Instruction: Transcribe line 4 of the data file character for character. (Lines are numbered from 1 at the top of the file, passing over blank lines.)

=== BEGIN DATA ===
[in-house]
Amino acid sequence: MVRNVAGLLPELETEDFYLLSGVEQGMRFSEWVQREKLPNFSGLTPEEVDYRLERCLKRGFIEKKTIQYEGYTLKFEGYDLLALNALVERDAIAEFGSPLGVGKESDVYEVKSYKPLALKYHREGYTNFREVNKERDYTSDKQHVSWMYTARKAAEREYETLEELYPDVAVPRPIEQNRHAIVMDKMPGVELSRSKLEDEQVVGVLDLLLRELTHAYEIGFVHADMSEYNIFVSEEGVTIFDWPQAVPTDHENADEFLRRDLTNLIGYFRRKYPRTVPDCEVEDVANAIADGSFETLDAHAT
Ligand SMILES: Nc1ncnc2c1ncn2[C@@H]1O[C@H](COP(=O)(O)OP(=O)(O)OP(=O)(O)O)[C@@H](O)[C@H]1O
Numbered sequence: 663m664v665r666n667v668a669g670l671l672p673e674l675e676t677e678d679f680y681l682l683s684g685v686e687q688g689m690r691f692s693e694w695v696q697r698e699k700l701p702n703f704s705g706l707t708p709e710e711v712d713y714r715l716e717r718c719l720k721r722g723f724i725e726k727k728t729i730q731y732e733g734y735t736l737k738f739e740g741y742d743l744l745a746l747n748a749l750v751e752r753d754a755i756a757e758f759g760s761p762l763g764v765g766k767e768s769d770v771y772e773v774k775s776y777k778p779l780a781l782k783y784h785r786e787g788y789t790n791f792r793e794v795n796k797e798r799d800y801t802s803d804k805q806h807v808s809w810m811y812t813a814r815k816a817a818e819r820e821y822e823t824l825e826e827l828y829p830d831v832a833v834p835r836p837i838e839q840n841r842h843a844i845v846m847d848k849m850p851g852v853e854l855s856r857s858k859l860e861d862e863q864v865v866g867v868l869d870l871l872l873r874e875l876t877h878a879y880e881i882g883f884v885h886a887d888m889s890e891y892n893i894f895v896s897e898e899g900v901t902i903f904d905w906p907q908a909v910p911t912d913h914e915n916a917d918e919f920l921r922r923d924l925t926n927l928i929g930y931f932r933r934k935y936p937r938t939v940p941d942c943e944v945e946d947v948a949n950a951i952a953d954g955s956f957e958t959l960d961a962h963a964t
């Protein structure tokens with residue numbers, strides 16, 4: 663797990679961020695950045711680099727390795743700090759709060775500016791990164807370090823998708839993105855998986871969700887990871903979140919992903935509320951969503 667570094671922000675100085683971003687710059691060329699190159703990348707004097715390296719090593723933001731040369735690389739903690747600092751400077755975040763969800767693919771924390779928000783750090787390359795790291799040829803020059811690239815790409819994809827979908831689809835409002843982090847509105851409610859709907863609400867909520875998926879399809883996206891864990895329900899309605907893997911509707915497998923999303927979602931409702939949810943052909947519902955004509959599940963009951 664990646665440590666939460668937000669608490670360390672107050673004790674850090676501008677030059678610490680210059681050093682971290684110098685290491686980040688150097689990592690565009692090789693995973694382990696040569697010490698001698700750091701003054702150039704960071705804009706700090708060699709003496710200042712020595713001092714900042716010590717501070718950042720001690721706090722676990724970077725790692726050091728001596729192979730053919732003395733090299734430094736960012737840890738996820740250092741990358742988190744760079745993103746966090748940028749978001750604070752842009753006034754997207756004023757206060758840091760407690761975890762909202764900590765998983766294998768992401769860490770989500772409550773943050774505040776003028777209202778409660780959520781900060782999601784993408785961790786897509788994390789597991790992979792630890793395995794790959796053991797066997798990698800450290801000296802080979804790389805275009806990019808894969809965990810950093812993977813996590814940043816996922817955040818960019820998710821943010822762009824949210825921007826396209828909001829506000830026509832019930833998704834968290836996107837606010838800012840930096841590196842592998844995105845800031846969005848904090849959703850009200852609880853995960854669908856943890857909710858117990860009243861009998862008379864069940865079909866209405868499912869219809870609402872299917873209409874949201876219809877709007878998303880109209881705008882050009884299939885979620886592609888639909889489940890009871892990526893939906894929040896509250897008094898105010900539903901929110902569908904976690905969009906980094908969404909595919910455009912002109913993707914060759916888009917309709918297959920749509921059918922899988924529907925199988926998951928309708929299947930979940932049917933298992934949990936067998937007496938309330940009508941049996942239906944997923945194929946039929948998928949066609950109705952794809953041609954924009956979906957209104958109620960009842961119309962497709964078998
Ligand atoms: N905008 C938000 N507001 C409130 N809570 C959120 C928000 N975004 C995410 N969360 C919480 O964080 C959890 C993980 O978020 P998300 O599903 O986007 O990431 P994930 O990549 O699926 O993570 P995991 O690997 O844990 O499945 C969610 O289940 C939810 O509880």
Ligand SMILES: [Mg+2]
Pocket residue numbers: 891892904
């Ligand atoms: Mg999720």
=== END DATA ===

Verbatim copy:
Numbered sequence: 663m664v665r666n667v668a669g670l671l672p673e674l675e676t677e678d679f680y681l682l683s684g685v686e687q688g689m690r691f692s693e694w695v696q697r698e699k700l701p702n703f704s705g706l707t708p709e710e711v712d713y714r715l716e717r718c719l720k721r722g723f724i725e726k727k728t729i730q731y732e733g734y735t736l737k738f739e740g741y742d743l744l745a746l747n748a749l750v751e752r753d754a755i756a757e758f759g760s761p762l763g764v765g766k767e768s769d770v771y772e773v774k775s776y777k778p779l780a781l782k783y784h785r786e787g788y789t790n791f792r793e794v795n796k797e798r799d800y801t802s803d804k805q806h807v808s809w810m811y812t813a814r815k816a817a818e819r820e821y822e823t824l825e826e827l828y829p830d831v832a833v834p835r836p837i838e839q840n841r842h843a844i845v846m847d848k849m850p851g852v853e854l855s856r857s858k859l860e861d862e863q864v865v866g867v868l869d870l871l872l873r874e875l876t877h878a879y880e881i882g883f884v885h886a887d888m889s890e891y892n893i894f895v896s897e898e899g900v901t902i903f904d905w906p907q908a909v910p911t912d913h914e915n916a917d918e919f920l921r922r923d924l925t926n927l928i929g930y931f932r933r934k935y936p937r938t939v940p941d942c943e944v945e946d947v948a949n950a951i952a953d954g955s956f957e958t959l960d961a962h963a964t